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Delay Sought on Long Leases of Surplus Schools

April 15, 1986|LEONARD BERNSTEIN | Times Staff Writer

A city schools committee is recommending that the Board of Education delay plans for the long-term lease of four closed elementary schools until the San Diego City Council, the school board and community groups settle their three-way battle over the use of surplus school sites.

The district's Advisory Committee on Utilization of School Facilities will tell the board today to continue short-term leases for the former Cleveland, Muir, Grantville and Scripps elementary schools, and to offer a short-term lease for Montezuma Elementary School, which will close this year.

Current leases with tenants in the four former elementary schools will expire in coming months. The district had planned to offer 99-year leases to developers on all four as part of its controversial program to raise money for future school construction and rehabilitation.

But it has become more practical to delay while lawsuits contesting two previous 99-year leases are settled, a task force of council and school board members reviews the sites and a school district study of facilities is carried out, the panel concluded.

"The thinking is that the district should find out what its own needs are and the needs of the community are . . . and digest all that before they make any significant commitment," said Jay Neal, chairman of the committee.

"They're aware that the events that are occurring could change the overall dealings with property," said Linda Sturak, facility planning coordinator for the school system. "You can't ignore the fact that there's a task force working with the city. You can't ignore that there's litigation."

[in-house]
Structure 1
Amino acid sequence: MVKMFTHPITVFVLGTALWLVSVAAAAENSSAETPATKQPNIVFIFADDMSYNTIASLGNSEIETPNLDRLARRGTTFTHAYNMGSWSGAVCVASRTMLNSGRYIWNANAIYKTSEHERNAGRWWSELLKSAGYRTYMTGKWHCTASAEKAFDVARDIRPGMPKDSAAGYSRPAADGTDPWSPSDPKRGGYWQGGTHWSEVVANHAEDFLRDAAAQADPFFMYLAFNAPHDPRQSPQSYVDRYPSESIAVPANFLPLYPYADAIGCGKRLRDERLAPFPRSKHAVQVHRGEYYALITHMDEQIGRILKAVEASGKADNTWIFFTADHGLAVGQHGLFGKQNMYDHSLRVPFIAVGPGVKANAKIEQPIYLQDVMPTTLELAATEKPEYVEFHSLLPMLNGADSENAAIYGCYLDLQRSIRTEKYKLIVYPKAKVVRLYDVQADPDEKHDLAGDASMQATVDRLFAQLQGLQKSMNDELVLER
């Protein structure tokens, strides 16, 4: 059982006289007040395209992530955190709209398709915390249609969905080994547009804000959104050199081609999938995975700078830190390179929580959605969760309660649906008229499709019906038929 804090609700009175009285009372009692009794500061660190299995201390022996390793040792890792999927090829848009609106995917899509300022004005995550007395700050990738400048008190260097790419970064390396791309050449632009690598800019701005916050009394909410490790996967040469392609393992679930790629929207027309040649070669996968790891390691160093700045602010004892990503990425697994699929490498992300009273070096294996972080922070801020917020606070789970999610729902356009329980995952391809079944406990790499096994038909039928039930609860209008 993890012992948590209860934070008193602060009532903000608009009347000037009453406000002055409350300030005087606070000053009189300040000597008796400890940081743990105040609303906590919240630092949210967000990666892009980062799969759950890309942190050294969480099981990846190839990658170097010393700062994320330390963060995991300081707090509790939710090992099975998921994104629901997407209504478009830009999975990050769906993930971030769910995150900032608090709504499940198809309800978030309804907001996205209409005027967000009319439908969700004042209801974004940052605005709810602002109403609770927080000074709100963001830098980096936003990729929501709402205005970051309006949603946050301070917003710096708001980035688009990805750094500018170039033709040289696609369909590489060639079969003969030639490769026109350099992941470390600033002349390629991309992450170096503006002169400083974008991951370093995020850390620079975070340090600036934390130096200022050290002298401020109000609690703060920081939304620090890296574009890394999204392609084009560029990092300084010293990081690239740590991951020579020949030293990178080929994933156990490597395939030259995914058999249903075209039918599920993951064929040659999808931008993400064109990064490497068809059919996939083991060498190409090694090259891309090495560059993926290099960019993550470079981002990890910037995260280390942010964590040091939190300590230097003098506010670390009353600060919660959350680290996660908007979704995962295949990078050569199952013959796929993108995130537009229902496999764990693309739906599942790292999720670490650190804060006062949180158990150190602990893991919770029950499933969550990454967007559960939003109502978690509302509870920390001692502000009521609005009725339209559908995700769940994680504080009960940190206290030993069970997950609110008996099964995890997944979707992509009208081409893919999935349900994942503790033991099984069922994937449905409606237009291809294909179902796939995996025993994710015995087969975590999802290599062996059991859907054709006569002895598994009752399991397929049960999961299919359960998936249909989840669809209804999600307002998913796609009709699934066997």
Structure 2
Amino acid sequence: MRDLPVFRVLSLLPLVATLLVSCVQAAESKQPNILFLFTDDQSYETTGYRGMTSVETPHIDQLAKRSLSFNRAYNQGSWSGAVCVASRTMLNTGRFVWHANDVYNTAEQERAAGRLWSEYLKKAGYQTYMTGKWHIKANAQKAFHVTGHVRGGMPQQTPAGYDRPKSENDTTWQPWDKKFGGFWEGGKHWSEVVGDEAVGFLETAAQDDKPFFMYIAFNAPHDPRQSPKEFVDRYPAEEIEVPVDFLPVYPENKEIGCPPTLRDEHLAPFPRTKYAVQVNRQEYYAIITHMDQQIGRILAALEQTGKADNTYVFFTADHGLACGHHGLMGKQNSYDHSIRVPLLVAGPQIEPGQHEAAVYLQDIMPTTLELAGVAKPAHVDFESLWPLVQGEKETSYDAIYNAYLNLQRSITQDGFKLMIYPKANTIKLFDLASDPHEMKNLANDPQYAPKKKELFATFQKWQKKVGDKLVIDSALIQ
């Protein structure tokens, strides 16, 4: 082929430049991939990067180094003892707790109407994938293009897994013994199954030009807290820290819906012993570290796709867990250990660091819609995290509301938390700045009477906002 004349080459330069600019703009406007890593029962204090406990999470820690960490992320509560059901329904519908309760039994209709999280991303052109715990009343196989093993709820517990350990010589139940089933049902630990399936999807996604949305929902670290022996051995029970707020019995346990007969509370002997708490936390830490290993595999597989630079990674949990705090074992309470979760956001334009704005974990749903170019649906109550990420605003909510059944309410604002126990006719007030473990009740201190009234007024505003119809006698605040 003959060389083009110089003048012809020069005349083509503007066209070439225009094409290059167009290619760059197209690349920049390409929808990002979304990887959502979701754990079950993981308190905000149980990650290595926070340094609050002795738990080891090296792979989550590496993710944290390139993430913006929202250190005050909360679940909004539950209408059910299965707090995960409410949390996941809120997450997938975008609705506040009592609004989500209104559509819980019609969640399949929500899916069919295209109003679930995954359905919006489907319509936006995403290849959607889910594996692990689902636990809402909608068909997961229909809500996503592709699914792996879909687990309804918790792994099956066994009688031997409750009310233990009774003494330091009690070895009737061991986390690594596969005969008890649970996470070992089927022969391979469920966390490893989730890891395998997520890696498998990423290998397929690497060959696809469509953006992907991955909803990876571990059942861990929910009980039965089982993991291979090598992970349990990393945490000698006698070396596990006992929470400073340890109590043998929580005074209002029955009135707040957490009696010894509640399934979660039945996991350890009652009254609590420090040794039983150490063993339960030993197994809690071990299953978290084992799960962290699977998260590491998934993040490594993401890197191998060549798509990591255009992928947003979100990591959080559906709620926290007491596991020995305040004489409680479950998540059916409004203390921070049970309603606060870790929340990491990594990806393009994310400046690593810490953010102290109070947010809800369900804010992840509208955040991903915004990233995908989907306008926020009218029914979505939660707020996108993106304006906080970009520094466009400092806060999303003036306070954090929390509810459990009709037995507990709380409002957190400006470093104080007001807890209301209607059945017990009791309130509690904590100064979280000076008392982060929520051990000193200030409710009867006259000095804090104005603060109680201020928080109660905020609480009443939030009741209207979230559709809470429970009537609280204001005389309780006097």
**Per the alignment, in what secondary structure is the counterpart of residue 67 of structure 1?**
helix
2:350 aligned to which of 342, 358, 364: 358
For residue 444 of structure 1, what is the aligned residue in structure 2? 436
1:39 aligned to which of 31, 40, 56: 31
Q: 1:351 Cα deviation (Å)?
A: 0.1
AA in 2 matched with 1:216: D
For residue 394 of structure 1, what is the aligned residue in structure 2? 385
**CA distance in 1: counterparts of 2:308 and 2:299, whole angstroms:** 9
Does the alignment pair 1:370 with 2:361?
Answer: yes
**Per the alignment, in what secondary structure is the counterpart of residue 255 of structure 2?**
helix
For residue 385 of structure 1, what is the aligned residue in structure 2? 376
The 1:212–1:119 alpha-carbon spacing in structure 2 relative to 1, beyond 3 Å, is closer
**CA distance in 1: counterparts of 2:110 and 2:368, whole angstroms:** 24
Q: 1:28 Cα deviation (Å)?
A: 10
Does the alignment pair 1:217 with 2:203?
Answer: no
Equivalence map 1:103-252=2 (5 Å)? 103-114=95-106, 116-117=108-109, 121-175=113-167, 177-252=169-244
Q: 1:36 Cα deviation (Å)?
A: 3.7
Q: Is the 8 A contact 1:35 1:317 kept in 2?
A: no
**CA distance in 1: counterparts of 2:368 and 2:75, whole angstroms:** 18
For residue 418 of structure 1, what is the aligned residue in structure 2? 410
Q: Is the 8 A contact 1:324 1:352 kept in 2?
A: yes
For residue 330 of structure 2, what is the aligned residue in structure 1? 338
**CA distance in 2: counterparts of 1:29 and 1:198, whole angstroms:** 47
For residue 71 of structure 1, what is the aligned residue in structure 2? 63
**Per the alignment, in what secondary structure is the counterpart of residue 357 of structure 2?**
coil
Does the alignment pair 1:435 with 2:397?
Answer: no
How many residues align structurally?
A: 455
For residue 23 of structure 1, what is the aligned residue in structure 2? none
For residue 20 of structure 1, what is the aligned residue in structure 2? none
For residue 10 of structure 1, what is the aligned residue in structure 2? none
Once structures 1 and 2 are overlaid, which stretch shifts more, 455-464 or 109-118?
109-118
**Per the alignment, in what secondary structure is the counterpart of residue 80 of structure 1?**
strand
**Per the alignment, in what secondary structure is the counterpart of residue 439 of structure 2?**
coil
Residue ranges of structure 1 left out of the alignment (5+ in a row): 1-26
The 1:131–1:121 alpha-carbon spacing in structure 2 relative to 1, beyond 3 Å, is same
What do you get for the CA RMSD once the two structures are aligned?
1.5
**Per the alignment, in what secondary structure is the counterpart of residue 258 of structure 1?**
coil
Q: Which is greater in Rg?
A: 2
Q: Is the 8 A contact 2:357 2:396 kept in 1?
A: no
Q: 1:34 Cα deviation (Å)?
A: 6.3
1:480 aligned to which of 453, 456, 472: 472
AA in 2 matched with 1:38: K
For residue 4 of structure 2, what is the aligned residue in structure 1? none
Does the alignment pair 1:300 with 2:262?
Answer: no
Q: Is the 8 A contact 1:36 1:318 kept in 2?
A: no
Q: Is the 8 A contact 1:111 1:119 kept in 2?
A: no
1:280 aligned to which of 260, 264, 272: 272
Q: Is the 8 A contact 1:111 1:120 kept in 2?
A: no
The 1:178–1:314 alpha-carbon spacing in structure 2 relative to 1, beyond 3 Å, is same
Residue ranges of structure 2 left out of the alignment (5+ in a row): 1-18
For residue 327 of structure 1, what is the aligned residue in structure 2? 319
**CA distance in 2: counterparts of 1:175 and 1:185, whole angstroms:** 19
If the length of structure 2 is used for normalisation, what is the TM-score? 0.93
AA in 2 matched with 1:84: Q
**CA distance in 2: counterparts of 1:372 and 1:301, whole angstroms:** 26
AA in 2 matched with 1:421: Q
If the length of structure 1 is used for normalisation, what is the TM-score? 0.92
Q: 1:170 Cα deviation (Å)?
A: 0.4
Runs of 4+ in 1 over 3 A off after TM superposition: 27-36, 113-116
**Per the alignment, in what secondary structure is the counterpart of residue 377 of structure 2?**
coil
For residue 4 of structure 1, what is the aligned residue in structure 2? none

School board President Susan Davis said Monday that it is likely that the board will adopt the recommendations.

The council and board established the joint task force last month after the council threatened legal action to block 99-year leases for the former Farnum Elementary School in Pacific Beach and the former Dana Junior High School in Point Loma to developers. City Councilman Mike Gotch has led the opposition, saying that the city may want to reserve the sites for parks or open space.

Both lease offers are tied up by lawsuits filed last year by the Community Coalition for Dana and the Beach Coalition for Farnum. The suits contend that residents of the surrounding communities were not adequately consulted about disposal of the sites.

In public hearings held by the school district last month, community residents voiced opposition to 99-year leases. Davis has pledged that the school district will not proceed with long-term leases while the task force is reviewing city and school district needs, a process that will take several months.

Community groups Monday took credit for the latest recommendations.

"It became obvious . . . that every time they tried a 99-year lease they were going to see a lawsuit," said Chuck Grim, co-chairman of the Beach Coalition for Farnum.

"Dana is just a symbol," said Claudia Engstrom, chairman of the Community Coalition for Dana. "We're concerned with what's happening citywide. The surrounding communities deserve input before the decision is made."

But Stephen Temko, president of a Normal Heights group that wants money from the property program spent to expand crowded schools in his neighborhood, said: "We're obviously disappointed.

"When you just give up sources (of income), you have to find new sources. Anytime you delay a lease, it just delays the funding."

Each former school could generate $200,000 during the first year of a 99-year lease, and the four together could ultimately yield about $100 million for the school system, said J.V. Ward, director of the school system's property management program.

Ward predicted that the district would ultimately be able to lease at least some of the four. "The world is filled with compromises," he said.

For now, the advisory panel is recommending that Cleveland, Muir Grantville and Scripps be leased for one year, with an option to renew the lease for up to three years. Acceptable tenants would be state universities, community colleges, nonprofit organizations and private schools.

Montezuma should be offered to similar tenants for a maximum of five years, the panel said.

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